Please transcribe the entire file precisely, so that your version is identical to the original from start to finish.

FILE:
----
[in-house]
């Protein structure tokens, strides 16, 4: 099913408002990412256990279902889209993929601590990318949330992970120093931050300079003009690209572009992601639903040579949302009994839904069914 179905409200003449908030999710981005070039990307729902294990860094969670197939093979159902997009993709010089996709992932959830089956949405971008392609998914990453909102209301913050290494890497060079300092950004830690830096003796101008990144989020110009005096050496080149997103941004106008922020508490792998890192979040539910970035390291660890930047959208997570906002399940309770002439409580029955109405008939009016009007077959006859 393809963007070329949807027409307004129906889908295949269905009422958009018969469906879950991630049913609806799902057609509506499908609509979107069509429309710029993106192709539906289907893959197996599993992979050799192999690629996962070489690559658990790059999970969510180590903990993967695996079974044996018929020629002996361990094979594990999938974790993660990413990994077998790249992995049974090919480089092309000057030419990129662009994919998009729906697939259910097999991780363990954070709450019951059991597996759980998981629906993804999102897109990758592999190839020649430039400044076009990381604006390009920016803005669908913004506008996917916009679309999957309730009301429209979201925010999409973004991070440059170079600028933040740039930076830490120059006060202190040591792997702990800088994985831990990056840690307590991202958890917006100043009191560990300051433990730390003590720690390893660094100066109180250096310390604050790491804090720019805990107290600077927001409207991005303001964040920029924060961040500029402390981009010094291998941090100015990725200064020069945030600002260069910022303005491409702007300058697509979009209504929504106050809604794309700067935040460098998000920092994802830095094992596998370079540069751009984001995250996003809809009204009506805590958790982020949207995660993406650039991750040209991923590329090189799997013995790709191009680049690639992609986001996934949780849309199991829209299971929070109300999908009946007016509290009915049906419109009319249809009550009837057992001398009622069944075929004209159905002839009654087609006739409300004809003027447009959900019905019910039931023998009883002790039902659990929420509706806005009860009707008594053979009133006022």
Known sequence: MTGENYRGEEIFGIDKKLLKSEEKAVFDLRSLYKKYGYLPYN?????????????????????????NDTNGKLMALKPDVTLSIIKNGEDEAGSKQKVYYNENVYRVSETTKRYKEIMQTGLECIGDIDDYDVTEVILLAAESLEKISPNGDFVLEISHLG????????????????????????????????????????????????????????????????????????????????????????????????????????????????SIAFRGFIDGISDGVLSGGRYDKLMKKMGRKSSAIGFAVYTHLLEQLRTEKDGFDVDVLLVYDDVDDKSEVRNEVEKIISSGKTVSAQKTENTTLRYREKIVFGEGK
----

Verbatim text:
[in-house]
């Protein structure tokens, strides 16, 4: 099913408002990412256990279902889209993929601590990318949330992970120093931050300079003009690209572009992601639903040579949302009994839904069914 179905409200003449908030999710981005070039990307729902294990860094969670197939093979159902997009993709010089996709992932959830089956949405971008392609998914990453909102209301913050290494890497060079300092950004830690830096003796101008990144989020110009005096050496080149997103941004106008922020508490792998890192979040539910970035390291660890930047959208997570906002399940309770002439409580029955109405008939009016009007077959006859 393809963007070329949807027409307004129906889908295949269905009422958009018969469906879950991630049913609806799902057609509506499908609509979107069509429309710029993106192709539906289907893959197996599993992979050799192999690629996962070489690559658990790059999970969510180590903990993967695996079974044996018929020629002996361990094979594990999938974790993660990413990994077998790249992995049974090919480089092309000057030419990129662009994919998009729906697939259910097999991780363990954070709450019951059991597996759980998981629906993804999102897109990758592999190839020649430039400044076009990381604006390009920016803005669908913004506008996917916009679309999957309730009301429209979201925010999409973004991070440059170079600028933040740039930076830490120059006060202190040591792997702990800088994985831990990056840690307590991202958890917006100043009191560990300051433990730390003590720690390893660094100066109180250096310390604050790491804090720019805990107290600077927001409207991005303001964040920029924060961040500029402390981009010094291998941090100015990725200064020069945030600002260069910022303005491409702007300058697509979009209504929504106050809604794309700067935040460098998000920092994802830095094992596998370079540069751009984001995250996003809809009204009506805590958790982020949207995660993406650039991750040209991923590329090189799997013995790709191009680049690639992609986001996934949780849309199991829209299971929070109300999908009946007016509290009915049906419109009319249809009550009837057992001398009622069944075929004209159905002839009654087609006739409300004809003027447009959900019905019910039931023998009883002790039902659990929420509706806005009860009707008594053979009133006022």
Known sequence: MTGENYRGEEIFGIDKKLLKSEEKAVFDLRSLYKKYGYLPYN?????????????????????????NDTNGKLMALKPDVTLSIIKNGEDEAGSKQKVYYNENVYRVSETTKRYKEIMQTGLECIGDIDDYDVTEVILLAAESLEKISPNGDFVLEISHLG????????????????????????????????????????????????????????????????????????????????????????????????????????????????SIAFRGFIDGISDGVLSGGRYDKLMKKMGRKSSAIGFAVYTHLLEQLRTEKDGFDVDVLLVYDDVDDKSEVRNEVEKIISSGKTVSAQKTENTTLRYREKIVFGEGK